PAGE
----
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Detecting and correcting factory faults, cyberattacks in real time

Varsha Venkatesh, Robotics & Autonomous Vehicles Mechanical Engineering Graduate Student, learns how to program and use an industrial manipulator robot arm. Image credit: Joseph Xu, Michigan EngineeringVarsha Venkatesh, Robotics & Autonomous Vehicles Mechanical Engineering Graduate Student, learns how to program and use an industrial manipulator robot arm. Image credit: Joseph Xu, Michigan EngineeringANN ARBOR—Spotting a glitch on the factory floor in real time—and reconfiguring around it—are the goals of a new $4 million project led by University of Michigan engineering researchers.

The project, which also involves researchers from the University of Illinois and Cornell University, aims to increase factory productivity and American competitiveness.

Modern advanced manufacturing plants hold hundreds of software and hardware components. Their robots, conveyer belts, sensors, control systems and communication networks have intricately choreographed roles in a sector that yields 12 percent of the nation's GDP.

But machine failures, operators' mistakes and, increasingly, cyberattacks can halt production—leading to expensive unscheduled downtime or potentially dangerous situations. In 2015, for example, hackers breached the control system in a steel mill in Germany and made it impossible for operators to properly shut down a blast furnace. News accounts described the damage as "massive."

The new project—made possible by a grant from the National Science Foundation—will yield "a revolutionary methodology for controlling manufacturing systems," the researchers say. They call the methodology "software-defined control."

Central to the new approach is a continuous, full simulation of the manufacturing plant. The team will produce this simulation and develop software that compares a plant's actual operation to what they'd expect based on the simulation.

"The idea is you have the physical manufacturing plant and the simulated model of the plant so if there's a difference between the two, you can detect a fault or a cyber-intrusion," said project principal investigator Dawn Tilbury, associate dean for research and professor of mechanical engineering at the U-M College of Engineering. "The goal is to develop control systems for manufacturing systems that are secure and reconfigurable automatically."

Students learn how to program and use an industrial manipulator. Image credit: Joseph Xu, Michigan EngineeringStudents learn how to program and use an industrial manipulator. Image credit: Joseph Xu, Michigan EngineeringSuch systems could reprogram how parts flow through the plant to avoid a faulty piece of equipment.

"Our work aims to develop the science and enabling technologies to transform manufacturing systems from the current paradigm of low efficiency and high susceptibility to system disruptions to a new era of system-level anomaly detection, classification and action," said Kira Barton, U-M assistant professor of mechanical engineering. "This will lead to less downtime, faster responses to disruptions and a more efficient manufacturing system."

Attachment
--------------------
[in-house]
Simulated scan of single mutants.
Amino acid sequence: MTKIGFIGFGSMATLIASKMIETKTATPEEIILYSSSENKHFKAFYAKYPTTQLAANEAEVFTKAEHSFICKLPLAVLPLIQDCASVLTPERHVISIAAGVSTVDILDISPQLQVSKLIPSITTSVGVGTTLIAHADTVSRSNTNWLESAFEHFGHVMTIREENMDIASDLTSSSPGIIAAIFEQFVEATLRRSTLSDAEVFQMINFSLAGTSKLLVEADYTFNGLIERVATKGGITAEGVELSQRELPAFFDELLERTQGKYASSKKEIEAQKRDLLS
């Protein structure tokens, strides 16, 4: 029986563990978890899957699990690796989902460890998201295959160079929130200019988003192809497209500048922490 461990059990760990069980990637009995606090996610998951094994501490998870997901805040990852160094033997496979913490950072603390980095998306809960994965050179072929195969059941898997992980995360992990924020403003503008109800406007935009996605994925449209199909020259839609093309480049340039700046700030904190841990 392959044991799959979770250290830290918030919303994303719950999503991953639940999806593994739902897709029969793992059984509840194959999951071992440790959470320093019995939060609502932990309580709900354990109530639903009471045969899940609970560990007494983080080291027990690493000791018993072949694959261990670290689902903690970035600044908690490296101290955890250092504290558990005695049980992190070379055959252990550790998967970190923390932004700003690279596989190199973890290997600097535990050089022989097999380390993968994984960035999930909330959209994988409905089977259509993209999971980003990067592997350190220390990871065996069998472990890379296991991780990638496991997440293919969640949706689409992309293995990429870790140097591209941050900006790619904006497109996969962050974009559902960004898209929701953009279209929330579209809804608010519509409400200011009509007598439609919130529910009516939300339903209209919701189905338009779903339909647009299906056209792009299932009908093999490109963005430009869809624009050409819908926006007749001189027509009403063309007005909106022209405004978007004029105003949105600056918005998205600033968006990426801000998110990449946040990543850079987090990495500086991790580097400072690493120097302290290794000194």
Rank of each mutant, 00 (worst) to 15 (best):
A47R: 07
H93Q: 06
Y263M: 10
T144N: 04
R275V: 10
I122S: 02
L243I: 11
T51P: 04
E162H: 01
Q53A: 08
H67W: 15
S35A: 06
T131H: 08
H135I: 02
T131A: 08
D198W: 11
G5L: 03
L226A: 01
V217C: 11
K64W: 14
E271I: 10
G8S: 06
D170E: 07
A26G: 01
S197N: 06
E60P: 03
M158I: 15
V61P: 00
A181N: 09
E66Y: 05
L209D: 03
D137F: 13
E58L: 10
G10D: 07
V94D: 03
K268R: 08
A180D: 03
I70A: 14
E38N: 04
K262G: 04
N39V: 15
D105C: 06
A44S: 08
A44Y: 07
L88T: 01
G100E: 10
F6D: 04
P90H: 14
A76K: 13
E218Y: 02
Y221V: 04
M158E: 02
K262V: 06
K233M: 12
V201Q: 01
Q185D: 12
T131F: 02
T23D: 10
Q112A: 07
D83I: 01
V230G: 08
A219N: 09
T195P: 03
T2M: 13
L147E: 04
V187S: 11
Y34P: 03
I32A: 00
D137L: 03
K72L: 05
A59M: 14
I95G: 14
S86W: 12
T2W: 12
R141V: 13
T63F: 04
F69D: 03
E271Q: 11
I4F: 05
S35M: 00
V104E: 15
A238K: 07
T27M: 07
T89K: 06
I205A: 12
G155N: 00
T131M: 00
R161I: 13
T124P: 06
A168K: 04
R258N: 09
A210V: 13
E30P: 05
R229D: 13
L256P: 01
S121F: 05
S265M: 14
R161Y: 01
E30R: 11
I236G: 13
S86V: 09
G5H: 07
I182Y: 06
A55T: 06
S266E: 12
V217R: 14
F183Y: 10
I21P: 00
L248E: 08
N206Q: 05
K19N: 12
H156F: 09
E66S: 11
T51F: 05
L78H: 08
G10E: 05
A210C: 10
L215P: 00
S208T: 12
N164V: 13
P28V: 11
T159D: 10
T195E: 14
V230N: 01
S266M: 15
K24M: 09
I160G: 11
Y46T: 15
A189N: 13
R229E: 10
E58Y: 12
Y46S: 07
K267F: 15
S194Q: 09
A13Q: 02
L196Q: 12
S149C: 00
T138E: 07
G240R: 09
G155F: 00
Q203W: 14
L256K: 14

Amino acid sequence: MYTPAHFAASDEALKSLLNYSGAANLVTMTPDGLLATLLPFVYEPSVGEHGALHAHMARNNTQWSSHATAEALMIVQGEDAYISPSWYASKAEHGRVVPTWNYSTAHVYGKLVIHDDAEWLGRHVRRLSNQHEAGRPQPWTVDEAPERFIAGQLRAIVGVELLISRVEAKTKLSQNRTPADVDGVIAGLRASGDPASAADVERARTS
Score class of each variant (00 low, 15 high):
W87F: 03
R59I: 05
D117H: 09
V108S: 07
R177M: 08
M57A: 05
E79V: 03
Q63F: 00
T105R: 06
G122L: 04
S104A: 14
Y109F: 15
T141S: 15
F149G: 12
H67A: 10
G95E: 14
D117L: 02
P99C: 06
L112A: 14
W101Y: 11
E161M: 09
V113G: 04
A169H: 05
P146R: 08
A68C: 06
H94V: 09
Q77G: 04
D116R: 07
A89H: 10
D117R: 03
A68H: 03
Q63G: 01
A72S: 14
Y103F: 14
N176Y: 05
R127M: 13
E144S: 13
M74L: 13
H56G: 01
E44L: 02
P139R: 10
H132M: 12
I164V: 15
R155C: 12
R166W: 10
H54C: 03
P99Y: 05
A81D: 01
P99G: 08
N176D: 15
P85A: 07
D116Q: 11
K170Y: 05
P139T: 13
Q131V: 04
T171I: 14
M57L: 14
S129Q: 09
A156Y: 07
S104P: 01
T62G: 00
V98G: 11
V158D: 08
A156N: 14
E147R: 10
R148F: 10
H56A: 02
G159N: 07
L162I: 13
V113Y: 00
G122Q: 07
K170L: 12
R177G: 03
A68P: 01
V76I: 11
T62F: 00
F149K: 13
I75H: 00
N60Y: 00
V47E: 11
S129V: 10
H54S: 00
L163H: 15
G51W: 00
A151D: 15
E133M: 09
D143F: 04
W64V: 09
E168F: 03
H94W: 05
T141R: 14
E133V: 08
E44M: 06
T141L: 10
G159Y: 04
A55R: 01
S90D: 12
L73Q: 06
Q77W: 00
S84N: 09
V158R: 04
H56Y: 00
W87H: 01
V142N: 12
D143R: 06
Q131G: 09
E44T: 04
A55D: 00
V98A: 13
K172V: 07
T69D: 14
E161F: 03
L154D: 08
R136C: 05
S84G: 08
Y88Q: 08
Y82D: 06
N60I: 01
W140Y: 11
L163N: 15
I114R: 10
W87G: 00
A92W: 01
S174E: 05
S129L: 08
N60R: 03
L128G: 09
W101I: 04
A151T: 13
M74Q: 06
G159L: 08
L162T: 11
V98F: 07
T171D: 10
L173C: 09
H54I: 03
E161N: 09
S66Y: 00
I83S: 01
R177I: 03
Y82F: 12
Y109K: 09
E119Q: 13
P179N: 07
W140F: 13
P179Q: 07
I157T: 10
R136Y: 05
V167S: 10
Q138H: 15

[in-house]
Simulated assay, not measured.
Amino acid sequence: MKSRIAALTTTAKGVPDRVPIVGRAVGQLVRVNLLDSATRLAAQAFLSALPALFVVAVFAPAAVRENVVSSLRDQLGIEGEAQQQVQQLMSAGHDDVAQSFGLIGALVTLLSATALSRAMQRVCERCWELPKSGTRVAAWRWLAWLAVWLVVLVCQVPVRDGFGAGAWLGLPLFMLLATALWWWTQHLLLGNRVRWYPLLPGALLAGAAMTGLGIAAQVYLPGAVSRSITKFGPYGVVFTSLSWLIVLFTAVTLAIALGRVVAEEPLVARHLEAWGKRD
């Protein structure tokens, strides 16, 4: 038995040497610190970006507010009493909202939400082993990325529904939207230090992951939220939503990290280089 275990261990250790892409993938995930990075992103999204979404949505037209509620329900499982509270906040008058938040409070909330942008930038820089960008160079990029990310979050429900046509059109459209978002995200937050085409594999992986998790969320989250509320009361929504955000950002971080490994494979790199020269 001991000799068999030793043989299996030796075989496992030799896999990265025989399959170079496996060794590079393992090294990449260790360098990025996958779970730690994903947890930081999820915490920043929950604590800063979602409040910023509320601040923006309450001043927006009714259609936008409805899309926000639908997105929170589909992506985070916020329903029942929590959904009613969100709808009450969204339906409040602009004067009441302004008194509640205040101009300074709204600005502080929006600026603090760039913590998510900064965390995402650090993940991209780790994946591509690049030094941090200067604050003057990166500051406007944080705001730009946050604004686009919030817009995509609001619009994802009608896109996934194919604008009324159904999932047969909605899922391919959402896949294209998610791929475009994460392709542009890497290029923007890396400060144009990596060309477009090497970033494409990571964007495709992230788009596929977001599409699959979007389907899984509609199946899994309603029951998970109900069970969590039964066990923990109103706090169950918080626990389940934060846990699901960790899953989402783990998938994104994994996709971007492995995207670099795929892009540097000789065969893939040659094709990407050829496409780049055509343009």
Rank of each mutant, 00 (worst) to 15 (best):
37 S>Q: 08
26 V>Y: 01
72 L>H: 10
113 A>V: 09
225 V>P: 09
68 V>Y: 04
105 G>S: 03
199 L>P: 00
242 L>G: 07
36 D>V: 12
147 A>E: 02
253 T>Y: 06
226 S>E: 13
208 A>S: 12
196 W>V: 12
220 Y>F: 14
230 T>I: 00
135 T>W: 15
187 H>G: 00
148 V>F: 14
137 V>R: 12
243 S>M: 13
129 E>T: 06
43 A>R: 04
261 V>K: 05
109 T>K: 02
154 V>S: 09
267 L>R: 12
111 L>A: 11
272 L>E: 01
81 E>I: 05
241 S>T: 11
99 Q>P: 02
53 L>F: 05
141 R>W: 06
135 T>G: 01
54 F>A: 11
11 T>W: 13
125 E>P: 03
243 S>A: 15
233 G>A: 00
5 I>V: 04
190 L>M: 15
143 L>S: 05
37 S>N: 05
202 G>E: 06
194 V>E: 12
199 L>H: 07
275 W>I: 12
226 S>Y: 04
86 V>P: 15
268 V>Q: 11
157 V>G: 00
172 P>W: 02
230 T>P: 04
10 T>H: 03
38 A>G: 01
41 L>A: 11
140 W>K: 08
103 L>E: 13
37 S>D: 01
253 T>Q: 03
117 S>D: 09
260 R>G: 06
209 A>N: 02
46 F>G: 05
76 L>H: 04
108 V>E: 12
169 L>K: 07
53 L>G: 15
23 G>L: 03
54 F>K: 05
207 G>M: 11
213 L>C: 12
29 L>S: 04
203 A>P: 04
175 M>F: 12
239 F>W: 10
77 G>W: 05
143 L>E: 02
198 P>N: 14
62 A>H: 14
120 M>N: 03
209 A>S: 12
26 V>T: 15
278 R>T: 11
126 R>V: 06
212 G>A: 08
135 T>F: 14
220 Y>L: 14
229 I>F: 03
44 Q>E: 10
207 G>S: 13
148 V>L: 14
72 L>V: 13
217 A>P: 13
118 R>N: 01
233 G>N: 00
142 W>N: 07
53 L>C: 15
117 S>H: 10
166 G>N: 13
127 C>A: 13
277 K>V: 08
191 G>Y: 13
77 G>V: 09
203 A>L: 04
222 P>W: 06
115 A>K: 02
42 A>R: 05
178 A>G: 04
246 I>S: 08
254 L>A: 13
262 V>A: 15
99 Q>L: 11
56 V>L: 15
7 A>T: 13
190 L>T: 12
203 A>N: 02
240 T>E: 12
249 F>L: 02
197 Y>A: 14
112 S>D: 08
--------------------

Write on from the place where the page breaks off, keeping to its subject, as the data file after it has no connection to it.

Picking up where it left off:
Indeed, the rise of automation calls for a better way to keep tabs on plant operation, Tilbury said.

"Automation may increase efficiency and raise quality, but it brings with it vulnerabilities," she said.

Robots are networked, and the companies that produced them can often log in remotely to make repairs. These are legitimate endeavors, but they can also be weak links in the cybersecurity of the system.

As manufacturing systems become more complex and digitally connected, they become increasingly susceptible to disruptions that can cause significant financial losses.

The U.S. Department of Homeland Security investigated 97 cyberattacks at critical manufacturers during the fiscal year ending in June 2015, according to a report by its Industrial Control Systems Cybersecurity Emergency Response Team.

Cyberattacks to manufacturing plants are a relatively new phenomenon. The FY 2015 number that federal officials examined was double the previous year. A more clear and present risk—and this one to the nation's economy—is that of unscheduled factory downtime. It's one of the most prevalent causes of inefficiency in manufacturing, the researchers say. When a cyberattack or a broken machine stops a factory in its tracks, the cost can run tens of thousands of dollars a minute.

"Manufacturing systems produce the vast majority of products in the modern world—automobiles, computers, textiles and toys, to name just a few," said Sibin Mohan, U of I research assistant professor of computer science. 'Improvements in the design and operation of manufacturing systems will have a huge financial and social impact on companies and consumers, and that's crucial to economic competitiveness."

While the project focuses on discrete part manufacturing, the researchers say it translates well to semiconductor manufacturing and batch processes.

"The work will combine techniques from multiple disciplines, spanning control theory, modeling of physical properties, machine learning, and cybersecurity, to detect and deter such attacks. The collaboration will be exciting as well as challenging," said Elaine Shi, associate professor of computer science at Cornell.

This grant is one of three announced today through NSF's Frontier program, which aims to advance the state of the art in cyber-physical systems.

"NSF has been a leader in supporting research in cyber-physical systems, which has enabled and accelerated multidisciplinary research in a number of application domains," said Jim Kurose, NSF's head of computer and information science and engineering directorate. "We look forward to the results of this new award, which expands our Frontier projects portfolio into the area of cyber-manufacturing."

 

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